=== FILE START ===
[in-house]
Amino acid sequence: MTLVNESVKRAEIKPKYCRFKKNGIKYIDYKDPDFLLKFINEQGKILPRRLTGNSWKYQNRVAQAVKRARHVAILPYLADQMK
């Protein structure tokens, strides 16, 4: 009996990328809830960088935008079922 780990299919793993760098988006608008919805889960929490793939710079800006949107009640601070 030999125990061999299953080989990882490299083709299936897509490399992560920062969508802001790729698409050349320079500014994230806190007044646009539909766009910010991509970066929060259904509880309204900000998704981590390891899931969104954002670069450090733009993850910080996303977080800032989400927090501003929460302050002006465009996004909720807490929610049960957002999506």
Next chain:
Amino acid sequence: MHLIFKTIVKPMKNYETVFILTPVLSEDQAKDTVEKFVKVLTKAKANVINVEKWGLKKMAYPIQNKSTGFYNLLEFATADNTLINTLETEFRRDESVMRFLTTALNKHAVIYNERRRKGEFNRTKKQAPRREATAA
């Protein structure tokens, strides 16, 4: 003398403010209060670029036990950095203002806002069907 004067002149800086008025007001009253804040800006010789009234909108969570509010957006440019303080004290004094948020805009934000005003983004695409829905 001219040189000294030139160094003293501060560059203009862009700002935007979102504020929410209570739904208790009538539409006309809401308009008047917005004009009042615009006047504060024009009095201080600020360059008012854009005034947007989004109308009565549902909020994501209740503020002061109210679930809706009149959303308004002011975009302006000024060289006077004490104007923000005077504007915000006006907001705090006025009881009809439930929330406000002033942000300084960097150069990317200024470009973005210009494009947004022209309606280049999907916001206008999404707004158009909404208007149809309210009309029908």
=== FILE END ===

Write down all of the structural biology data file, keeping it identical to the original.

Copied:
[in-house]
Amino acid sequence: MTLVNESVKRAEIKPKYCRFKKNGIKYIDYKDPDFLLKFINEQGKILPRRLTGNSWKYQNRVAQAVKRARHVAILPYLADQMK
């Protein structure tokens, strides 16, 4: 009996990328809830960088935008079922 780990299919793993760098988006608008919805889960929490793939710079800006949107009640601070 030999125990061999299953080989990882490299083709299936897509490399992560920062969508802001790729698409050349320079500014994230806190007044646009539909766009910010991509970066929060259904509880309204900000998704981590390891899931969104954002670069450090733009993850910080996303977080800032989400927090501003929460302050002006465009996004909720807490929610049960957002999506």
Next chain:
Amino acid sequence: MHLIFKTIVKPMKNYETVFILTPVLSEDQAKDTVEKFVKVLTKAKANVINVEKWGLKKMAYPIQNKSTGFYNLLEFATADNTLINTLETEFRRDESVMRFLTTALNKHAVIYNERRRKGEFNRTKKQAPRREATAA
């Protein structure tokens, strides 16, 4: 003398403010209060670029036990950095203002806002069907 004067002149800086008025007001009253804040800006010789009234909108969570509010957006440019303080004290004094948020805009934000005003983004695409829905 001219040189000294030139160094003293501060560059203009862009700002935007979102504020929410209570739904208790009538539409006309809401308009008047917005004009009042615009006047504060024009009095201080600020360059008012854009005034947007989004109308009565549902909020994501209740503020002061109210679930809706009149959303308004002011975009302006000024060289006077004490104007923000005077504007915000006006907001705090006025009881009809439930929330406000002033942000300084960097150069990317200024470009973005210009494009947004022209309606280049999907916001206008999404707004158009909404208007149809309210009309029908």